[ exact phrase in "" • ~10 sec • results by date ]

[ Google-powered • results by relevance ]

LOCATION/TYPE

News Home
Archive
RSS

Subscribe to RSS feed

Add NWW headlines to your site (click here)

Sign up for daily updates

Keep Wind Watch online and independent!

Donate $10

Donate $5

Selected Documents

All Documents

Research Links

Alerts

Press Releases

FAQs

Publications & Products

Photos & Graphics

Videos

Allied Groups

Xcel seeks termination of agreement with troubled wind project  

Credit:  Brett Boese | Post-Bulletin | May 31, 2013 | www.postbulletin.com ~~

SAINT PAUL – After spending more than $15 million over an unprecedented four-plus-year permitting process, the New Era wind project near Zumbrota might soon be back at square one.

Xcel Energy filed paperwork May 24 with the Minnesota Public Utilities Commission that seeks to terminate its power purchase agreement with the 78-megawatt wind project. If New Era declines to accept that action, Xcel is prepared to take the issue to court.

Jim Alders, Xcel’s director of regulatory affairs, said Thursday that New Era has “failed to meet the requirements” of the 2010 contract, which required PUC approval. Attempts since December to cure the defaults have failed, prompting the recent action.

“We gave them until recently to cure those deficiencies, and they have not been able to do so,” Alders said. “This is a pretty unique project that has met lots of difficulty. I can’t remember another circumstance like this one.”

New Era, which did not return phone calls, had sought to cure the defaults by assigning the purchase agreement to another wind project. Xcel formally declined that option on April 12. Alders said he hasn’t heard from New Era in a long time, making resolution unlikely.

The court will likely be asked to rule on delay damages as well, but Alders declined to address that issue on Thursday.

“Right now, our focus is just on going to court and asking for the right to terminate,” he said.

The power purchase agreement is not the only roadblock facing New Era, which has changed owners twice since first seeking state permits in 2008; Peter Mastic is the current owner and developer, having purchased it from Texas billionaire T. Boone Pickens in 2012.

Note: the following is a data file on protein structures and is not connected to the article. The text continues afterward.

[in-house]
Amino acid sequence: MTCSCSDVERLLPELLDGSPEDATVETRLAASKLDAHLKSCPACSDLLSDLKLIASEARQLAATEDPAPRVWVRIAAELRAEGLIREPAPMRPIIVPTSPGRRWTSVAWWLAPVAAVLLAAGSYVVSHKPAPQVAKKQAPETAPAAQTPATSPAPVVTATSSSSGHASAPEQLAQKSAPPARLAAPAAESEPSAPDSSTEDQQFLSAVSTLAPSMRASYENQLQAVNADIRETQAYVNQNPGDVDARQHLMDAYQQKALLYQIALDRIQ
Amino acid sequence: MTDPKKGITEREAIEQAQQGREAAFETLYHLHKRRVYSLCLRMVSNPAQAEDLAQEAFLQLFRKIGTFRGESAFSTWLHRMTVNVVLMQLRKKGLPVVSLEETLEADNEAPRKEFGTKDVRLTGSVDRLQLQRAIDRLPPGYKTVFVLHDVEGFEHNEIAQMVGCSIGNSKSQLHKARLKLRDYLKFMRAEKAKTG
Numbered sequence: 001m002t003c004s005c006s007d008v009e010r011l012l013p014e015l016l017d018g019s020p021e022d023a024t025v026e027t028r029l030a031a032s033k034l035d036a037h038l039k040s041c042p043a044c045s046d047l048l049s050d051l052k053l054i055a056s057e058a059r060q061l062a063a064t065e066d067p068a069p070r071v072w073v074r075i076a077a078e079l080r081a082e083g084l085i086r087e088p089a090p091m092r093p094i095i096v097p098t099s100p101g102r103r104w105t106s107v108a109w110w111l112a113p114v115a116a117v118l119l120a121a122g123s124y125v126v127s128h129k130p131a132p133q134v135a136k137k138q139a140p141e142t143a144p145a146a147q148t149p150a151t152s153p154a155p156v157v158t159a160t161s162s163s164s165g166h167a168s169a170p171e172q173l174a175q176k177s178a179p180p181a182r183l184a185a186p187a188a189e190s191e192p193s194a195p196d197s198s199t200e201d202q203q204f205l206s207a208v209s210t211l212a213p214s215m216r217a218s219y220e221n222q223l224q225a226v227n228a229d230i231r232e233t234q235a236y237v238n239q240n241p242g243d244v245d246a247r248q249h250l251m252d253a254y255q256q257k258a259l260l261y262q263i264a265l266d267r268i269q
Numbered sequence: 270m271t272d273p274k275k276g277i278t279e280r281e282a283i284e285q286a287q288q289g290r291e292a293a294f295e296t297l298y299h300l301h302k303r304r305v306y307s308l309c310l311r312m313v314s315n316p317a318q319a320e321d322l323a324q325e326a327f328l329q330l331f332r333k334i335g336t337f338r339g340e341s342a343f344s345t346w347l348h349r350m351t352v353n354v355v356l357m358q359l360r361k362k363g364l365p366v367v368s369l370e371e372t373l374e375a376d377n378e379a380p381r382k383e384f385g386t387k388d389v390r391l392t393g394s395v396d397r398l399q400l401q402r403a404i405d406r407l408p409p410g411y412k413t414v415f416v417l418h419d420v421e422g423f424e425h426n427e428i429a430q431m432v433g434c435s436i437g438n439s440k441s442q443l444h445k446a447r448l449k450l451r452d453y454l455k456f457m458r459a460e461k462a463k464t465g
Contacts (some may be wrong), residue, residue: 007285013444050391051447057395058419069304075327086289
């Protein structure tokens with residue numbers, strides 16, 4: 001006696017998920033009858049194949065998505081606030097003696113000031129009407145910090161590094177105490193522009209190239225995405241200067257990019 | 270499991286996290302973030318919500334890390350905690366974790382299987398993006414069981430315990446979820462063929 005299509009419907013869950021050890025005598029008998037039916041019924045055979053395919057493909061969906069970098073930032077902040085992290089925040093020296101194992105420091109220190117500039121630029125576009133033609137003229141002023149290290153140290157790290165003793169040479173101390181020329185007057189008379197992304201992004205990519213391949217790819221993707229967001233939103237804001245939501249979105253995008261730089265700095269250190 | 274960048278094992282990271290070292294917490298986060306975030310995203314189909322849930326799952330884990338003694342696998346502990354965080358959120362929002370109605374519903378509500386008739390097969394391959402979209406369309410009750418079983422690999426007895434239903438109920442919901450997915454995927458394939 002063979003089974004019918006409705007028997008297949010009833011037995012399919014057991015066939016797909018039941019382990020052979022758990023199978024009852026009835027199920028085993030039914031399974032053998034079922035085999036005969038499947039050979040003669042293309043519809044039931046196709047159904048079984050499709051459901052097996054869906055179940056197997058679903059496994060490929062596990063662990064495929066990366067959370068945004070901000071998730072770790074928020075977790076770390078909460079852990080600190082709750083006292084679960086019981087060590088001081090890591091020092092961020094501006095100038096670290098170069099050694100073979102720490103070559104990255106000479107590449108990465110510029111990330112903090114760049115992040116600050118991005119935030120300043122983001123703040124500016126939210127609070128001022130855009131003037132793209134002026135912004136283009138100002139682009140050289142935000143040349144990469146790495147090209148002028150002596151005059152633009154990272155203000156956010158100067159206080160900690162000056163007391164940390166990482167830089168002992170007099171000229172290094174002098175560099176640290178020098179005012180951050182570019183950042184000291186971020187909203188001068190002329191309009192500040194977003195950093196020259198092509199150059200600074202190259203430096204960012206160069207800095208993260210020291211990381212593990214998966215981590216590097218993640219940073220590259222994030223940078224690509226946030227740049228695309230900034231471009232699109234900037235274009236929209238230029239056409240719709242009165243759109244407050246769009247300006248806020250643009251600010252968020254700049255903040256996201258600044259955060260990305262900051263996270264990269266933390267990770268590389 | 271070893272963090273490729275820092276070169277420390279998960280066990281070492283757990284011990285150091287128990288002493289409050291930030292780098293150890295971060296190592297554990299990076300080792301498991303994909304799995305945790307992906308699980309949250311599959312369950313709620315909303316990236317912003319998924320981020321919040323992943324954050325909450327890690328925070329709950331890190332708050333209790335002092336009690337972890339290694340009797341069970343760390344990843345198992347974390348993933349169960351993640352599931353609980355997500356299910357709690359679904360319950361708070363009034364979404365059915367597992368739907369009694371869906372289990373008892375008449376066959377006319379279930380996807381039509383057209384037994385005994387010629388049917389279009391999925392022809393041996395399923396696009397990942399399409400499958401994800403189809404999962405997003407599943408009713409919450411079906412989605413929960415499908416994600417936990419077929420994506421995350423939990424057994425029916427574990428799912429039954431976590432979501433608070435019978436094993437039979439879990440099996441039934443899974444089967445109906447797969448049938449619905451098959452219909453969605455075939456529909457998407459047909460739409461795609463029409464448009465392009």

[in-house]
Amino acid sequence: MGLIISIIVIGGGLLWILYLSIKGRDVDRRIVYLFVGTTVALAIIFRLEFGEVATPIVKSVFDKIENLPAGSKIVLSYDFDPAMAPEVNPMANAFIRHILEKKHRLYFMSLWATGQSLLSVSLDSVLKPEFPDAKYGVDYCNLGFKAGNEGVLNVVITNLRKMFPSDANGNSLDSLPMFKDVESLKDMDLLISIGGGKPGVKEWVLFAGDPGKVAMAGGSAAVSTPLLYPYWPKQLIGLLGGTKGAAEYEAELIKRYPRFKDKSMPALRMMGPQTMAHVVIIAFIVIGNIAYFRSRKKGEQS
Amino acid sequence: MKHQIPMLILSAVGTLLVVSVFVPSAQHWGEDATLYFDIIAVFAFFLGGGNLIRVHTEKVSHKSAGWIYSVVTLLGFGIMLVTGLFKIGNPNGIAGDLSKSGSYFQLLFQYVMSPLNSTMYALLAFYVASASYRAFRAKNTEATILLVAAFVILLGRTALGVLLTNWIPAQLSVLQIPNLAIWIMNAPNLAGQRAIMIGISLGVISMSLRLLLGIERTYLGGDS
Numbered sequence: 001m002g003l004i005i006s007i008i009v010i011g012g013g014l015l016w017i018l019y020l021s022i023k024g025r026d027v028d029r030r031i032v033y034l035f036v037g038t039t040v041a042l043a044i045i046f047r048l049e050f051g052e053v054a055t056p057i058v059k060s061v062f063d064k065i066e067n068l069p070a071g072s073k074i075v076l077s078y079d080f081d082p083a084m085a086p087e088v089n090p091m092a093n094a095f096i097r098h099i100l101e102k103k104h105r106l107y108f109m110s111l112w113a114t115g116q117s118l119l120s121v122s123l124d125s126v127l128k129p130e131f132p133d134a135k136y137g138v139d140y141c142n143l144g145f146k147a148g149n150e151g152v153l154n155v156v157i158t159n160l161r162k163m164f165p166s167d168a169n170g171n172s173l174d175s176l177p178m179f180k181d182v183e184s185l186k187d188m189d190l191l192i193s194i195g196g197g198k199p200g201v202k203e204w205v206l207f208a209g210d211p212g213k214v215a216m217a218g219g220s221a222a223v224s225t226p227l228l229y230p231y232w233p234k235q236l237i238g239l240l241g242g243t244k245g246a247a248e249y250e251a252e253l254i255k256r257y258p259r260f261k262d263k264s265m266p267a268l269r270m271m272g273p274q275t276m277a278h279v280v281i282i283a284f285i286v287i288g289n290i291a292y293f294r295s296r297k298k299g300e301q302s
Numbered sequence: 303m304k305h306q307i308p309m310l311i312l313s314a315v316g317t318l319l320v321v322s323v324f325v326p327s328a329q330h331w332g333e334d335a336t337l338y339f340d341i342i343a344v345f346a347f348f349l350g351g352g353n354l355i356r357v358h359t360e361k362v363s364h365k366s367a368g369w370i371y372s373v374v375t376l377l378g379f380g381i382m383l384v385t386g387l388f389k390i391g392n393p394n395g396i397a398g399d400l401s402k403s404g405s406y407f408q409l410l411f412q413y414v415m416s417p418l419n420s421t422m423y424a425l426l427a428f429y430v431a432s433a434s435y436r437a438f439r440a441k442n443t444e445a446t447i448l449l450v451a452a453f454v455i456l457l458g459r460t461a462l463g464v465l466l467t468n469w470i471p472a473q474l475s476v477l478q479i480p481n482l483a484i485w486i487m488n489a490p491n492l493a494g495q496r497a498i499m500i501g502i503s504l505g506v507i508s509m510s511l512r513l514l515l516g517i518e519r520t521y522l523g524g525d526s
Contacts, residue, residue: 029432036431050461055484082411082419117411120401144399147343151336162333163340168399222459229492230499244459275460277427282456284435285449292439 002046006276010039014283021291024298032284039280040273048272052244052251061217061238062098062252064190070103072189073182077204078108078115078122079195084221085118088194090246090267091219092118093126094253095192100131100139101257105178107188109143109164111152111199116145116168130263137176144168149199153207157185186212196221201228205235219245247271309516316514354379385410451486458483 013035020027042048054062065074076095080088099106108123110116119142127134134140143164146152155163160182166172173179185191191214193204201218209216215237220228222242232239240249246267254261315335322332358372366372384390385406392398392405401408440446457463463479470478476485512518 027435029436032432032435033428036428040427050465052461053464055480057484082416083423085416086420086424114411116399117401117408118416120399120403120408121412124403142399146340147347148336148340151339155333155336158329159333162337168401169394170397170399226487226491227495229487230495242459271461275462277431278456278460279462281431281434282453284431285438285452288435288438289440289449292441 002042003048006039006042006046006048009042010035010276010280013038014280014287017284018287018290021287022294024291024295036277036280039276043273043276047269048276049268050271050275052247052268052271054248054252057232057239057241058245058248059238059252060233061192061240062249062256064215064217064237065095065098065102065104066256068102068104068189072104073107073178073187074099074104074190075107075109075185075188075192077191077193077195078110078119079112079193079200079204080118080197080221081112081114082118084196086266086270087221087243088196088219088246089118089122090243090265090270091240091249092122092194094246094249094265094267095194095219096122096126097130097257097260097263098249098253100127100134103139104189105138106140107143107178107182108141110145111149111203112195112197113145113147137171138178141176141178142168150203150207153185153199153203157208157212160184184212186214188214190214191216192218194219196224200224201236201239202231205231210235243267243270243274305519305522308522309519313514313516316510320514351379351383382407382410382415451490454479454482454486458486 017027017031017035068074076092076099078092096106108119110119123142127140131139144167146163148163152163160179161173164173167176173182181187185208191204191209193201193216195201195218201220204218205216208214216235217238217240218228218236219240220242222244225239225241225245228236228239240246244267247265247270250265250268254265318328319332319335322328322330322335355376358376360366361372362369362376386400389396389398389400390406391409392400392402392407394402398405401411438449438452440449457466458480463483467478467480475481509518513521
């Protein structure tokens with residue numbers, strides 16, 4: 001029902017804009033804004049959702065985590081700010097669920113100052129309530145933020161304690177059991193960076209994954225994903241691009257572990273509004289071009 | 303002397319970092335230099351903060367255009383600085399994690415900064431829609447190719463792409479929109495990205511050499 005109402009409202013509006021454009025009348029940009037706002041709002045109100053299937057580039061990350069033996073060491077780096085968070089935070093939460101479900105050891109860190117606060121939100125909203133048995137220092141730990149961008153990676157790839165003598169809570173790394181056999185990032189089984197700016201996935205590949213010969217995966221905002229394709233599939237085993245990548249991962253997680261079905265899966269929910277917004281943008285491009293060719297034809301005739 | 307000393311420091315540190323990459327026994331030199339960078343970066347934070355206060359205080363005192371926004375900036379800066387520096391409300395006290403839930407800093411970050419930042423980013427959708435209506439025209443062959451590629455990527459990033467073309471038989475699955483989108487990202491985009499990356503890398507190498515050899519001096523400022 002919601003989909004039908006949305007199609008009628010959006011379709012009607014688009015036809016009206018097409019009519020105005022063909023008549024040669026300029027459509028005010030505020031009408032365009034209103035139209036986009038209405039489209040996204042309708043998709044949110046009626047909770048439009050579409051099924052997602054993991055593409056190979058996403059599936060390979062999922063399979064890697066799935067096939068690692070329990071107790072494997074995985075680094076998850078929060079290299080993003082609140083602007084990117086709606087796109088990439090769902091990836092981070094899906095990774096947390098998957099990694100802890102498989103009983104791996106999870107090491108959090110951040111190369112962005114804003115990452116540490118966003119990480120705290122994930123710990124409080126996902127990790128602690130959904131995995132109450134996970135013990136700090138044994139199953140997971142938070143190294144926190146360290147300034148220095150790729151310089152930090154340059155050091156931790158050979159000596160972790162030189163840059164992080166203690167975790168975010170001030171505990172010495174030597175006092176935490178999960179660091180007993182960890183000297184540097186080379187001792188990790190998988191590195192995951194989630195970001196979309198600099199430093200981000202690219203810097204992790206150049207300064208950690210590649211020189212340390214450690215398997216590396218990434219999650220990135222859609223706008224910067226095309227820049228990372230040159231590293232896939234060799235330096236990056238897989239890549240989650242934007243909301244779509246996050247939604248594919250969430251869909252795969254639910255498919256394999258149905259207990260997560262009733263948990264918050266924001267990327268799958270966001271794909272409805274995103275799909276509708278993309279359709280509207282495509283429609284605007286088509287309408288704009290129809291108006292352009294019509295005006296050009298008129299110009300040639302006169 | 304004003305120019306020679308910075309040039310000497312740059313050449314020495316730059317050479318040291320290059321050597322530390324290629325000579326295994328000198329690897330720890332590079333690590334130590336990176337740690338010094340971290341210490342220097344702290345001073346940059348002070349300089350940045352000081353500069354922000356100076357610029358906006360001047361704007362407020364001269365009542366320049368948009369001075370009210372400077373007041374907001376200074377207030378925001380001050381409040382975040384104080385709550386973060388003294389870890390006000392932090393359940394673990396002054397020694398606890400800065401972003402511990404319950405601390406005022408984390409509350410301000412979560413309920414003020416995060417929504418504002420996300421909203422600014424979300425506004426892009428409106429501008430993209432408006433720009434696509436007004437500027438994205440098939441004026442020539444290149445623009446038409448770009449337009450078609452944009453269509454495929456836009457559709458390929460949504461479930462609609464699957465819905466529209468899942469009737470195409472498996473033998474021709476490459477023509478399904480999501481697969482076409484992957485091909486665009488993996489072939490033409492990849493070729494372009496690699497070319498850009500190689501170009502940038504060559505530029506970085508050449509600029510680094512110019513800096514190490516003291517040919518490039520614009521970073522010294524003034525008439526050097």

The PUC decided in February to re-examine the certificate of need for the 48-turbine project due to lingering questions and concerns that include ownership issues, protection for bats and birds, and its status as a community-based wind development (C-BED). That vote reopens a decision made more than two years ago.

A second hearing before an administrative law judge might also be required, extending the process at least another six months.

The PUC was to consider the New Era project on May 2 but it was pulled from the agenda. It’s expected to be heard June 20, though that agenda won’t be finalized until June 10.

Timing of the project remains vital. New Era already missed the federal cash grant program, Section 1603, that expired after 2011, which would have provided more than $50 million up front. And the federal production tax credit could generate tens of millions if the project is operational by the end of 2014.

New Era officials have said the project isn’t financially viable without federal assistance, but Mastic wasn’t optimistic in his last PUC filing, made April 17.

“… this project has a more extensive record than any other wind project in the State of Minnesota. At this point … New Era has no confidence that due process for this project will ever end.”

Source:  Brett Boese | Post-Bulletin | May 31, 2013 | www.postbulletin.com

This article is the work of the source indicated. Any opinions expressed in it are not necessarily those of National Wind Watch.

Wind Watch relies entirely
on User Funding
Donate $5 PayPal Donate

Share:


News Watch Home

Get the Facts Follow Wind Watch on Twitter

Wind Watch on Facebook

Share

CONTACT DONATE PRIVACY ABOUT SEARCH
© National Wind Watch, Inc.
Use of copyrighted material adheres to Fair Use.
"Wind Watch" is a registered trademark.
Share

Wind Watch on Facebook

Follow Wind Watch on Twitter